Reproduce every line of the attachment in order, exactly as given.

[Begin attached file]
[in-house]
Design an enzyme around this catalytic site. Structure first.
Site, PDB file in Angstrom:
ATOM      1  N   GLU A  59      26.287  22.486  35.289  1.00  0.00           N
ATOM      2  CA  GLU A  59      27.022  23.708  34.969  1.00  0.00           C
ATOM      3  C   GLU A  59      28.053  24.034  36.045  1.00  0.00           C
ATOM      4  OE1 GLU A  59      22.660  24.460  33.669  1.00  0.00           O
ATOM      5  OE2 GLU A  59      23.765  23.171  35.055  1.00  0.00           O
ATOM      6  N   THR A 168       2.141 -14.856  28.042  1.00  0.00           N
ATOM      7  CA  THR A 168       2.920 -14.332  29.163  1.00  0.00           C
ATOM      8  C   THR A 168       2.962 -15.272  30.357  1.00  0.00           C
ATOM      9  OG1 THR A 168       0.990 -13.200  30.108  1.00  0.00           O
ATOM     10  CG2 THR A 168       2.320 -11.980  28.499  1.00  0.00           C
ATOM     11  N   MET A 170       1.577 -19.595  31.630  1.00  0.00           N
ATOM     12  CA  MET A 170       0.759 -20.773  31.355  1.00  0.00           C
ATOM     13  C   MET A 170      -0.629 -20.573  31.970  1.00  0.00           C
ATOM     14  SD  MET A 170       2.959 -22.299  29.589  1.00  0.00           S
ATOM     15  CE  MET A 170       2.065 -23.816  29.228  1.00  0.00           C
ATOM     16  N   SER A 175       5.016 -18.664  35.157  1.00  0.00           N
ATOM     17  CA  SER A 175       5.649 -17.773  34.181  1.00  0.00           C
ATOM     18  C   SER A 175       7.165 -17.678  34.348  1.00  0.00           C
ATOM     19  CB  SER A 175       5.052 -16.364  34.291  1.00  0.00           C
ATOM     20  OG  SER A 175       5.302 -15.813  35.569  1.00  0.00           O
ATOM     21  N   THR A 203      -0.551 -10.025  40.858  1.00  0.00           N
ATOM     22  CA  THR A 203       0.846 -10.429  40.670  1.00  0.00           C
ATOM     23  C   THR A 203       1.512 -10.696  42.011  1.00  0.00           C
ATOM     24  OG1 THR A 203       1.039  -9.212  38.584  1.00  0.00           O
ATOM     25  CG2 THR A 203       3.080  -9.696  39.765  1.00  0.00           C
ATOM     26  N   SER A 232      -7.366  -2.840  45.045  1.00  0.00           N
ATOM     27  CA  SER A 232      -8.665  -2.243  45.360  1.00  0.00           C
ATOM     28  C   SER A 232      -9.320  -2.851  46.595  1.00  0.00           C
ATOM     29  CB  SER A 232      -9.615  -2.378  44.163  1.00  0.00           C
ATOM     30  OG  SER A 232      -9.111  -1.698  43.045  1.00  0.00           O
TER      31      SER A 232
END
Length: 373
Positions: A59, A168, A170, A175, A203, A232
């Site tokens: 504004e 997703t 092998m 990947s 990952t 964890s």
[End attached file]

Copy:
[in-house]
Design an enzyme around this catalytic site. Structure first.
Site, PDB file in Angstrom:
ATOM      1  N   GLU A  59      26.287  22.486  35.289  1.00  0.00           N
ATOM      2  CA  GLU A  59      27.022  23.708  34.969  1.00  0.00           C
ATOM      3  C   GLU A  59      28.053  24.034  36.045  1.00  0.00           C
ATOM      4  OE1 GLU A  59      22.660  24.460  33.669  1.00  0.00           O
ATOM      5  OE2 GLU A  59      23.765  23.171  35.055  1.00  0.00           O
ATOM      6  N   THR A 168       2.141 -14.856  28.042  1.00  0.00           N
ATOM      7  CA  THR A 168       2.920 -14.332  29.163  1.00  0.00           C
ATOM      8  C   THR A 168       2.962 -15.272  30.357  1.00  0.00           C
ATOM      9  OG1 THR A 168       0.990 -13.200  30.108  1.00  0.00           O
ATOM     10  CG2 THR A 168       2.320 -11.980  28.499  1.00  0.00           C
ATOM     11  N   MET A 170       1.577 -19.595  31.630  1.00  0.00           N
ATOM     12  CA  MET A 170       0.759 -20.773  31.355  1.00  0.00           C
ATOM     13  C   MET A 170      -0.629 -20.573  31.970  1.00  0.00           C
ATOM     14  SD  MET A 170       2.959 -22.299  29.589  1.00  0.00           S
ATOM     15  CE  MET A 170       2.065 -23.816  29.228  1.00  0.00           C
ATOM     16  N   SER A 175       5.016 -18.664  35.157  1.00  0.00           N
ATOM     17  CA  SER A 175       5.649 -17.773  34.181  1.00  0.00           C
ATOM     18  C   SER A 175       7.165 -17.678  34.348  1.00  0.00           C
ATOM     19  CB  SER A 175       5.052 -16.364  34.291  1.00  0.00           C
ATOM     20  OG  SER A 175       5.302 -15.813  35.569  1.00  0.00           O
ATOM     21  N   THR A 203      -0.551 -10.025  40.858  1.00  0.00           N
ATOM     22  CA  THR A 203       0.846 -10.429  40.670  1.00  0.00           C
ATOM     23  C   THR A 203       1.512 -10.696  42.011  1.00  0.00           C
ATOM     24  OG1 THR A 203       1.039  -9.212  38.584  1.00  0.00           O
ATOM     25  CG2 THR A 203       3.080  -9.696  39.765  1.00  0.00           C
ATOM     26  N   SER A 232      -7.366  -2.840  45.045  1.00  0.00           N
ATOM     27  CA  SER A 232      -8.665  -2.243  45.360  1.00  0.00           C
ATOM     28  C   SER A 232      -9.320  -2.851  46.595  1.00  0.00           C
ATOM     29  CB  SER A 232      -9.615  -2.378  44.163  1.00  0.00           C
ATOM     30  OG  SER A 232      -9.111  -1.698  43.045  1.00  0.00           O
TER      31      SER A 232
END
Length: 373
Positions: A59, A168, A170, A175, A203, A232
């Site tokens: 504004e 997703t 092998m 990947s 990952t 964890s």